“Of course it is happening inside your head, Harry, but why on earth should that mean that it is not real?”
~J.K. Rowling, Harry Potter and the Deathly Hallows
Another of these posts is long overdue and what better time to salute J.K. Rowling’s fantastic series than today when many are heralding as the end of an era? Although I would point out that the book series actually came to a close a while back and much as I like the movies, the books really are where it’s at. As usual.
So, why was – is – Harry Potter important?
First of all, structure. It’s a series that ages as the reader does and subtly introduces what I think are important shifts in thinking along the way. I read the first book at 11, the same age as HP at the time, and even though I devoured it in a day (and the following books much in the same time frame), the idea of being misunderstood and different and special resonated with me. Like every other pre-teen on the planet. The series’ themes deepened, and yes, darkened as it went on, at a matched pace (I think) for the children (and some adults) reading it. In other words, it’s plain good reading that advances as you read it instead of staying at one level. Good for the brain!
And talking of which! The Harry Potter series draws from many mythologies that I think are important to understanding history and culture. Many of my friends were introduced to Greek mythology, alchemy, folklore, and the very of idea of the “mythic” for the first time in their lives by reading HP! And I think that the mythic is important for expanding imagination from the mundane to the previously impossible.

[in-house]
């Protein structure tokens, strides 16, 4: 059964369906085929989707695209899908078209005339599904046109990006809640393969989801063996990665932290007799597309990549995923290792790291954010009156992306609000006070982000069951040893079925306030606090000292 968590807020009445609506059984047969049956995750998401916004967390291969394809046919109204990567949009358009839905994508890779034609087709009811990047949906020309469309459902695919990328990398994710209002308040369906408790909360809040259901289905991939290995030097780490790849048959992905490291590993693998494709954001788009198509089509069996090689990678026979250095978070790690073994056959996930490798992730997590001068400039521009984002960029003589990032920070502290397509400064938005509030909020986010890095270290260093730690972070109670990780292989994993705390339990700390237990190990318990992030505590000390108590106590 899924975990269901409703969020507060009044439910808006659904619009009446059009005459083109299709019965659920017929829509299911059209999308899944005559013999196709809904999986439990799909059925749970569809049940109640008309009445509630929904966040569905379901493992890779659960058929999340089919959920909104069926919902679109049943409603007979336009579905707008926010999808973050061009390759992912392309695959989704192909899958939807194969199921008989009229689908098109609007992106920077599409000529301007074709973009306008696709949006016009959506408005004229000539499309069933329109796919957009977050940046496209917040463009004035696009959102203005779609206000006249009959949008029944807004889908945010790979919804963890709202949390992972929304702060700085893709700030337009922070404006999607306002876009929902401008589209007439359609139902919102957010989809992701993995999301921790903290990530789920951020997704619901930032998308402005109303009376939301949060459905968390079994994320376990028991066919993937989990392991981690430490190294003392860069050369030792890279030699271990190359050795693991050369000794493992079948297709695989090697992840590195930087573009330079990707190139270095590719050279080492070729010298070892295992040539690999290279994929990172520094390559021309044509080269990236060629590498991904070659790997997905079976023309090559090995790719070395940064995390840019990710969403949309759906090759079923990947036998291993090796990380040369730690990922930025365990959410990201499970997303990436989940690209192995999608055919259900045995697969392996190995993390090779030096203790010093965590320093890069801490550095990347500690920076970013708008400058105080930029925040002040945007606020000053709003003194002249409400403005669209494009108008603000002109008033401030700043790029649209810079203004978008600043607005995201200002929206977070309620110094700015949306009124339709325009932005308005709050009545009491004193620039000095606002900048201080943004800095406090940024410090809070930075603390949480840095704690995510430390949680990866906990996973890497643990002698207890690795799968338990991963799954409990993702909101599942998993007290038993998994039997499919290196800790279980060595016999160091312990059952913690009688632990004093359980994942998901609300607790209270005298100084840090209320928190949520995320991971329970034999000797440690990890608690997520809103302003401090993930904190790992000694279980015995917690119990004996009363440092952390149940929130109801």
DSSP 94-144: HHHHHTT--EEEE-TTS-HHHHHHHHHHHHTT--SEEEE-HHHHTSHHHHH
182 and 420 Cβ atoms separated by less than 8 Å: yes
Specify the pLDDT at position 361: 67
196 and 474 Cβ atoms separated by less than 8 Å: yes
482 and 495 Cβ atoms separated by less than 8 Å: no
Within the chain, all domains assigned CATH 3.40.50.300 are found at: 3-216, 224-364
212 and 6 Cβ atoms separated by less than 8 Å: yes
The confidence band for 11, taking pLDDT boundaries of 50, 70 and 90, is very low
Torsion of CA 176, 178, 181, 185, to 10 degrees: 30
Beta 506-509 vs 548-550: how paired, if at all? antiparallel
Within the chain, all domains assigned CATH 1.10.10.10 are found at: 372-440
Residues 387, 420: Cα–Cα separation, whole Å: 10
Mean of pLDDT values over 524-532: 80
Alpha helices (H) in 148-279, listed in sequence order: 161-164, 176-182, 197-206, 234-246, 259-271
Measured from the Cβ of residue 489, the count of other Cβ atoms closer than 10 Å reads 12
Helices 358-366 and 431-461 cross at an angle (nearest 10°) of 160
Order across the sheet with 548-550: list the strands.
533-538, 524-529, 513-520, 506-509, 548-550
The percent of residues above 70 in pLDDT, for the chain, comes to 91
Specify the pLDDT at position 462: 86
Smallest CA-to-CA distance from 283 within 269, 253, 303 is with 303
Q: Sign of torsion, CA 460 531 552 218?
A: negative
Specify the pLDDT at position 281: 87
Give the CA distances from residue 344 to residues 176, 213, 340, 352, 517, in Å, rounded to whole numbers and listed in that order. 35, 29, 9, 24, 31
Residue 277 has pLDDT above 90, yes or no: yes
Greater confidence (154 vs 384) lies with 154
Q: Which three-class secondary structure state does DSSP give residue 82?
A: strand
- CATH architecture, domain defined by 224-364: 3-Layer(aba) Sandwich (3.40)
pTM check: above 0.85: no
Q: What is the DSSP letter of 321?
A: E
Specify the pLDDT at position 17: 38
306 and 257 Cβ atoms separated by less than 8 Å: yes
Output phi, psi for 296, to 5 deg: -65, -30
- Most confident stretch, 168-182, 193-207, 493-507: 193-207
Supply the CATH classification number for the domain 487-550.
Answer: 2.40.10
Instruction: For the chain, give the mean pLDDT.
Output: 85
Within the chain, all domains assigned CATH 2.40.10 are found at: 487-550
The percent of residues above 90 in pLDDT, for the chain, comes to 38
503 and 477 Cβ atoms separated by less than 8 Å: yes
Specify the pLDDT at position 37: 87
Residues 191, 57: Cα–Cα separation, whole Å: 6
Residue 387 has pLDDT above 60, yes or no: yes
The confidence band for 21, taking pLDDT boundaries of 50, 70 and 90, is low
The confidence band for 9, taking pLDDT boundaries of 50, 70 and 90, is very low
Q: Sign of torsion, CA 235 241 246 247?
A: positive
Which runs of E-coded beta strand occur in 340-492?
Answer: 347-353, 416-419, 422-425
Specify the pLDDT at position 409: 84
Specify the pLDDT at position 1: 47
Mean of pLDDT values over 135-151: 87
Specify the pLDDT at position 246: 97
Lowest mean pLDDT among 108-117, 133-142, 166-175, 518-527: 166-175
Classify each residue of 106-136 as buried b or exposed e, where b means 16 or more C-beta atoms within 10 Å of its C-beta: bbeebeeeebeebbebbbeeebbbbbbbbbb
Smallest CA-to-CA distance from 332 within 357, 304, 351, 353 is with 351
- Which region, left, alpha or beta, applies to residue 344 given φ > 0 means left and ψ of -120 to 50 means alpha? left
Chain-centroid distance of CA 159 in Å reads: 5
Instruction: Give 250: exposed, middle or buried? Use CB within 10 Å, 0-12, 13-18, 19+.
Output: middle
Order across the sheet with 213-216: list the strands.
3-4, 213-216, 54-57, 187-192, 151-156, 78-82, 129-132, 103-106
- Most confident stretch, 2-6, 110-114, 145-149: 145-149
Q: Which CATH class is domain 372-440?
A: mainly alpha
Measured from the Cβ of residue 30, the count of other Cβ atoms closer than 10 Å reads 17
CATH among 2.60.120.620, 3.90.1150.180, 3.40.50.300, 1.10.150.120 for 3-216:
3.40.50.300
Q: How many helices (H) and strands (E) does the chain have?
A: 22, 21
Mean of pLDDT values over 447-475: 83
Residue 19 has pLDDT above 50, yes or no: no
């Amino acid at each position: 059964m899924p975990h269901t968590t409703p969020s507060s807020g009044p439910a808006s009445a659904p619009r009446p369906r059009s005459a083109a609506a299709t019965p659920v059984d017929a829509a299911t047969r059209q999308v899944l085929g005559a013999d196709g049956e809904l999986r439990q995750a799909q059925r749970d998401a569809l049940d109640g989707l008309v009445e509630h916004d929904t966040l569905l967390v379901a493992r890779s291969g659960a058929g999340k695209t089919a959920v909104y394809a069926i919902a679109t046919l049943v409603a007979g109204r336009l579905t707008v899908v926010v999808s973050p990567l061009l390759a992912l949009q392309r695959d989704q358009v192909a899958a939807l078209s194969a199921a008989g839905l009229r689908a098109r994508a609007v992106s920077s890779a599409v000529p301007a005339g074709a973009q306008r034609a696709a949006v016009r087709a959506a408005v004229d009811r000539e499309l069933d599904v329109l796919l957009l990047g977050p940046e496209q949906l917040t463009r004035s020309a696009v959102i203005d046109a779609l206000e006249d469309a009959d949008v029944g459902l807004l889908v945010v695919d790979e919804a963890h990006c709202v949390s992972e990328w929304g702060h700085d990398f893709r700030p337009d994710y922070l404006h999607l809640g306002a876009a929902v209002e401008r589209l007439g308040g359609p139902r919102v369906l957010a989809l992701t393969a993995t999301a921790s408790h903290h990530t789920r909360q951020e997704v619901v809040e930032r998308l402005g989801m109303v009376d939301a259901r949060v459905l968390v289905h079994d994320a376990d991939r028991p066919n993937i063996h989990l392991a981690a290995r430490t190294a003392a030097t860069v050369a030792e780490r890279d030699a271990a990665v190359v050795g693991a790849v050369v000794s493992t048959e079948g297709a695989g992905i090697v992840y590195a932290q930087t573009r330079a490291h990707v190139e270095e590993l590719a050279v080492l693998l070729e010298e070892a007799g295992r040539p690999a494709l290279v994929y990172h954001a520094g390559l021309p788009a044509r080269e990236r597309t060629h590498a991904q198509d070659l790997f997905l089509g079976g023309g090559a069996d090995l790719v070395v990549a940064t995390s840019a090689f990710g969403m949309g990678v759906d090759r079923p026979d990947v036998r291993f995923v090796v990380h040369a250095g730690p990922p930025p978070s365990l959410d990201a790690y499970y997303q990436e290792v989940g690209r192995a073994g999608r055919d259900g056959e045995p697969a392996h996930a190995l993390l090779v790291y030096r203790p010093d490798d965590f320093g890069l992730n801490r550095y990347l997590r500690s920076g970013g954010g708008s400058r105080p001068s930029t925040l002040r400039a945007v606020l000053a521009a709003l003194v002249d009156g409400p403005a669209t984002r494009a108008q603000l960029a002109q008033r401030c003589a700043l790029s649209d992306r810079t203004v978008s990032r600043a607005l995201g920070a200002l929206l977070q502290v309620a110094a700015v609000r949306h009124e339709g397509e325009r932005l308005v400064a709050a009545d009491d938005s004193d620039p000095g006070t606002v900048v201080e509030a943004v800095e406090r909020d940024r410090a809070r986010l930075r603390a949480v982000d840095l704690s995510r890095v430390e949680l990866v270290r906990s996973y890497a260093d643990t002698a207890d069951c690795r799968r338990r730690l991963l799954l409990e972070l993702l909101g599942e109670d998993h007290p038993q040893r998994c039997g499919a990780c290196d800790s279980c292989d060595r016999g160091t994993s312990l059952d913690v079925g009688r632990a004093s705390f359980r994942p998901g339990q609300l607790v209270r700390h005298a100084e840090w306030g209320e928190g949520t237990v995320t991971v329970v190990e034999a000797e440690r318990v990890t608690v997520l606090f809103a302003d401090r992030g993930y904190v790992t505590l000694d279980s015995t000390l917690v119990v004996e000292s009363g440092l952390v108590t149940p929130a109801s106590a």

Hermione Granger single-handedly turned clever girls into heroines instead of minor antagonists in a book series. She was hardly the first to do so, but I think her impact will be lasting. I know I felt better for spending my free period in the school library knowing that someday my knowledge of history trivia would save the world! Perhaps this is reaching a bit, but my generation seems to be much less inclined to view things like courage for convictions, intelligence, and even geeky-ness as a negative or tease worthy thing. This may not be HP’s fault, but I like to think it is.
Key for me, as the series progressed more was required of the triumvirate of main characters than just going to school and brushing their teeth. They grew up, with all the messy, hilarious, and sad teenage-into-adult shifts that entails, with the added stress of having to save a world. Being special or different comes with a cost and you must be willing to sacrifice, make decisions, be loyal to both friends and ideals, and fight for good. High minded, yes. Preachy, no.
I grew up reading, my parents limited television and filled our house with books from well before I was born. But I know I am lucky for that and not everyone did grow up with mums who would fork out for every single book fair and monthly book order magazine! Not everyone had a dad that would read to them practically every day (Sesame Street and Dr. Suess Books at first, all the way up to The Hunchback of Notre Dame, theology, and history later). I know many, many people whose first real reading experience was the Harry Potter series, and who have never looked back since that first dive into a library.
And for these reasons, Harry Potter is required reading. Any book that can literally open new worlds, while expanding the readers own, needs to be on the shelf.